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Young scientists are often still outsiders, with few contacts in their own field. But in the field of ecology, young researchers can now meet up
Times can be tough for young researchers. Money is tight, and career opportunities often seem narrow. Most young scientists have not yet built a stable professional network in their fields.
Peter Søgaard Jørgensen, a PhD student in ecology at the Center for Macroecology, Evolution and Climate, hopes to boost young ecologists’ careers with the International Network Next-Generation Ecologists (INNGE). The organisation is to kick-start communication between established researchers in the field of ecology, and could be the template for other organisations like it in other fields.
“We must build on collective resources, not just on national, but also on a global scale. Technology has given us the opportunity to increase the sharing of knowledge,” says Peter Søgaard Jørgensen to the University Post.
INNGE was set up with guidance and funding from the International Association for Ecology (INTECOL), an umbrella organisation in the field of ecology. According to Peter Jørgensen, interest in INNGE is high, and though they have accepted funding, they are interested in keeping their brand independent for the time being.
The network was set up to resolve early career frustrations for scientists. Positions and funding are limited; in practice more ecologists are trained than can be absorbed into industry or academia, and the peer review process can be opaque. Opening dialogue between researchers will likely bring increased transparency, giving them more insight on the process of research and data collection according to Peter Jørgensen.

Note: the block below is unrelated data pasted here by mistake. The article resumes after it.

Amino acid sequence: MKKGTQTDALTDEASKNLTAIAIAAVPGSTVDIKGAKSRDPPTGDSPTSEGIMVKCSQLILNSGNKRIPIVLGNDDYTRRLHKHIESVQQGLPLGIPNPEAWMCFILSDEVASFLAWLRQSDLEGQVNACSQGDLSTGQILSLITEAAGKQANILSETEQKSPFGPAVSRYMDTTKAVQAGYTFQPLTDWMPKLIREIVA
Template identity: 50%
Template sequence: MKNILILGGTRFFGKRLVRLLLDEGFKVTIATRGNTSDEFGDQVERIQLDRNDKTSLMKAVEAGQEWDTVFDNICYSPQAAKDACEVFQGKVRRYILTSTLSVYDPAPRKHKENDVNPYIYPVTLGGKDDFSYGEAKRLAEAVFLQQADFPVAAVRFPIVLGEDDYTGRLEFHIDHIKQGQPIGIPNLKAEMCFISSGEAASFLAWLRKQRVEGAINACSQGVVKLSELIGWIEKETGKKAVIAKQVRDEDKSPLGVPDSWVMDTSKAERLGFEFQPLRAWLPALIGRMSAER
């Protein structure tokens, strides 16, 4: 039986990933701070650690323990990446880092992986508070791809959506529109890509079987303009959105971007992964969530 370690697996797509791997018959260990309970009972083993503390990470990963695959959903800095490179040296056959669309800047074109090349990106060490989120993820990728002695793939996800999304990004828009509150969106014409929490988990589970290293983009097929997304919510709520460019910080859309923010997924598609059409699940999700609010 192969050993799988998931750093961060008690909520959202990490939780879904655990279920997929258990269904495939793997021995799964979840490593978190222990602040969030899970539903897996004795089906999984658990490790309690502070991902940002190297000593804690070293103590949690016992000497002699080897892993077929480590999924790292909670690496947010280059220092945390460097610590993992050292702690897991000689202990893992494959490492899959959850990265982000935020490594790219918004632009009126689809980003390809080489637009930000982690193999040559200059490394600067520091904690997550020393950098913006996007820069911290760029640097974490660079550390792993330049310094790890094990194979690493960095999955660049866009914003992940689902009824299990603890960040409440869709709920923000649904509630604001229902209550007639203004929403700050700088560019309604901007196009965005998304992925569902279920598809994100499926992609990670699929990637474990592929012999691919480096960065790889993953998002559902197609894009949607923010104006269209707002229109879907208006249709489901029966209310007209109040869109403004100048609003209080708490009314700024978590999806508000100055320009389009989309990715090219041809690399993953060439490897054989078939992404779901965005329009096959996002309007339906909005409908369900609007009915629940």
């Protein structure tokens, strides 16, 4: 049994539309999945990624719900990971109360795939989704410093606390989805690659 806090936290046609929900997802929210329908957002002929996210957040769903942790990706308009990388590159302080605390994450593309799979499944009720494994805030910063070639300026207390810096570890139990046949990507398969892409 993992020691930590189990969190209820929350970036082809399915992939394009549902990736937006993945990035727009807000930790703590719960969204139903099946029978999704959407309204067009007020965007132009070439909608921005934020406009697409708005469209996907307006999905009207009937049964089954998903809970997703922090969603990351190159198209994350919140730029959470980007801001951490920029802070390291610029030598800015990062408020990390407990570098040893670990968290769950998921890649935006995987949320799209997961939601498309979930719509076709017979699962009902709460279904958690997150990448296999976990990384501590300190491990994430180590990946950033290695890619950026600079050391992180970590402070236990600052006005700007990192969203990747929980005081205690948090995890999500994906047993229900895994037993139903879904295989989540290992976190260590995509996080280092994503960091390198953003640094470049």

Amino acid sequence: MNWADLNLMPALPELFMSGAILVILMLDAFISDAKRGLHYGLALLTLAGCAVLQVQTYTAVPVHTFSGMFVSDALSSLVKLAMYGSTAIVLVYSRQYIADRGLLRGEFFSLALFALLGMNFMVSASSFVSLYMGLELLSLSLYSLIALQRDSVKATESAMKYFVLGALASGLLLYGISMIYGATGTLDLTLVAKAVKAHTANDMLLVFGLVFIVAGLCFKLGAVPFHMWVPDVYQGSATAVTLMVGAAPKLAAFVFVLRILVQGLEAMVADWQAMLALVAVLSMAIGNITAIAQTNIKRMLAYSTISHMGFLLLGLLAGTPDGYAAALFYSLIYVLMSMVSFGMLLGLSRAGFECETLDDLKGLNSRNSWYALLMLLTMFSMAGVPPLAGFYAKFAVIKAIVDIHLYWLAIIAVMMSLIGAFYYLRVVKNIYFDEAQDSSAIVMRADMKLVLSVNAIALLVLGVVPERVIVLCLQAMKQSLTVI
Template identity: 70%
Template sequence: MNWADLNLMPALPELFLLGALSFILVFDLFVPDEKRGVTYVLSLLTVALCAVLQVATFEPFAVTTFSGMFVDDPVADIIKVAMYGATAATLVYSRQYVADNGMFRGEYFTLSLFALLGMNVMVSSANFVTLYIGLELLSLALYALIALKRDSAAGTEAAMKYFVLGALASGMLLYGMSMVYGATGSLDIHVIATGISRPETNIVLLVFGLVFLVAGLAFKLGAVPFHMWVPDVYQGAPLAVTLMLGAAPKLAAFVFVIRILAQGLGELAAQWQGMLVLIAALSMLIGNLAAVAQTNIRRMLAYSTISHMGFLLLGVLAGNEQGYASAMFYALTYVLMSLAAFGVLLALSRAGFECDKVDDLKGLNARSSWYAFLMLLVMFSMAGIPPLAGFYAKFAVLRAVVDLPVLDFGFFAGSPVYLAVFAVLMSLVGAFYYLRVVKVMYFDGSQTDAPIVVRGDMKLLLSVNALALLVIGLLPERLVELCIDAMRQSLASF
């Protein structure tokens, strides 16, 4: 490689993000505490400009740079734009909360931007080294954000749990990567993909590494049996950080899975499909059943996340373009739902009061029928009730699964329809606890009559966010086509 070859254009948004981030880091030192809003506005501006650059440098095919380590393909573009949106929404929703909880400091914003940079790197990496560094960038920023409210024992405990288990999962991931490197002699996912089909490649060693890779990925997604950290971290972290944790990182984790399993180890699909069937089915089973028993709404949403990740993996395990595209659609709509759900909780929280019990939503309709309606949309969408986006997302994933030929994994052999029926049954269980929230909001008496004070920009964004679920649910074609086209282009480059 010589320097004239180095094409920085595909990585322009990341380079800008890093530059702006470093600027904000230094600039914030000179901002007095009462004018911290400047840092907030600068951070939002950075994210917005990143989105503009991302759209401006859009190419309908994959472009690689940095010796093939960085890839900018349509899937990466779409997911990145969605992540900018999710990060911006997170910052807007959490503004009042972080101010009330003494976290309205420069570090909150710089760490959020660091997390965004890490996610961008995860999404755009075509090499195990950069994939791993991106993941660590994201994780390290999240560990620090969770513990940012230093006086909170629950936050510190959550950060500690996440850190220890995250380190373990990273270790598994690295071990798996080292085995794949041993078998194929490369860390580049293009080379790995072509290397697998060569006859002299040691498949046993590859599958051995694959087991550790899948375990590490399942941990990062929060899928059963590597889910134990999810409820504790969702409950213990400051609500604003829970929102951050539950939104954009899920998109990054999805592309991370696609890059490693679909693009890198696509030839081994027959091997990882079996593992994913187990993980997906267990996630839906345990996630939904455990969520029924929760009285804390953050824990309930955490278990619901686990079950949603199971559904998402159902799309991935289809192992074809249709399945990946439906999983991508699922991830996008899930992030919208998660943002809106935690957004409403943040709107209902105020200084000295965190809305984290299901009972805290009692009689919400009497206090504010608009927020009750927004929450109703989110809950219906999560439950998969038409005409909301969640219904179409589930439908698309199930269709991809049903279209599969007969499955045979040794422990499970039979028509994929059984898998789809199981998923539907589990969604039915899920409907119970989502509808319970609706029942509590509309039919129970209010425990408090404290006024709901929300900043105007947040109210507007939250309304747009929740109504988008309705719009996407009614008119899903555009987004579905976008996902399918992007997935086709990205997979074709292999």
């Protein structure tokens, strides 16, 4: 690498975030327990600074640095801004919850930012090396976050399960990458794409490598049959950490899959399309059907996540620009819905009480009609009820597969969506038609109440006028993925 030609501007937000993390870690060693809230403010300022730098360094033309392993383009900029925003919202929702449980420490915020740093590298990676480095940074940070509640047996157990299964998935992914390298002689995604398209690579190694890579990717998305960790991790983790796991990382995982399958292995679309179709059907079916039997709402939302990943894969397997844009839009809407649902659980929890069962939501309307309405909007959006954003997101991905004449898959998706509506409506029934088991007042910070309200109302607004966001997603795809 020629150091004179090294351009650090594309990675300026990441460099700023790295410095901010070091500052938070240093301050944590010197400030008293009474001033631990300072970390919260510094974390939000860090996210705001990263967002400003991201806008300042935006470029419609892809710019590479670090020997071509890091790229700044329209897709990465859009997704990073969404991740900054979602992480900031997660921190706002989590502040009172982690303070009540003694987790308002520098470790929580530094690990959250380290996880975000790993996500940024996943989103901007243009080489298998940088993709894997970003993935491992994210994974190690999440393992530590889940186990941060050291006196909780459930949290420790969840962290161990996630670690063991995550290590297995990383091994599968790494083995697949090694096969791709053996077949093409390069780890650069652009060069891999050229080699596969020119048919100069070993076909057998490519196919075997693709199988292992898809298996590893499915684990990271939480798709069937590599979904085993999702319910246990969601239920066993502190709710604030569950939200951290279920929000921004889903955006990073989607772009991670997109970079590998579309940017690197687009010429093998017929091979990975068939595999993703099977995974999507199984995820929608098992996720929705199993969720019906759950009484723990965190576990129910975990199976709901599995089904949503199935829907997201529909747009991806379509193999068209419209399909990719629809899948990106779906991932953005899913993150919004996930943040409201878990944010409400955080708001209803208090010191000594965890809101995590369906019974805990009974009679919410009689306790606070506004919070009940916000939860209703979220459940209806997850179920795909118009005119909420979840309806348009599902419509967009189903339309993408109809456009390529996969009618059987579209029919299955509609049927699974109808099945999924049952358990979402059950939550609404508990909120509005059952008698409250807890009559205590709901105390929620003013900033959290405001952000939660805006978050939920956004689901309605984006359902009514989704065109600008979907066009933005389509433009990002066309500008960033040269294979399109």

“The openness and bottom-up culture of INNGE might be particularly attractive for scientists early in their careers. Within ecology INNGE fills an almost empty space where young scientists have the opportunity to make a difference for their international peers while gaining new experience”, he says.
By organising global online conferences, INNGE hopes to level out the playing field. Whereas it is natural for some teams to be better equipped and produce more research than others, connecting otherwise disparate research teams across the globe should benefit the community of ecologists worldwide.
In addition to opening lines of communication online, Peter foresees physical conferences where there are greater opportunity for chance encounters.
Peter will be speaking at one such traditional conference, in Berlin: the Biodiversity Network of Knowledge this September.
See Peter’s own article in the University Post’s Lab and Library series here.
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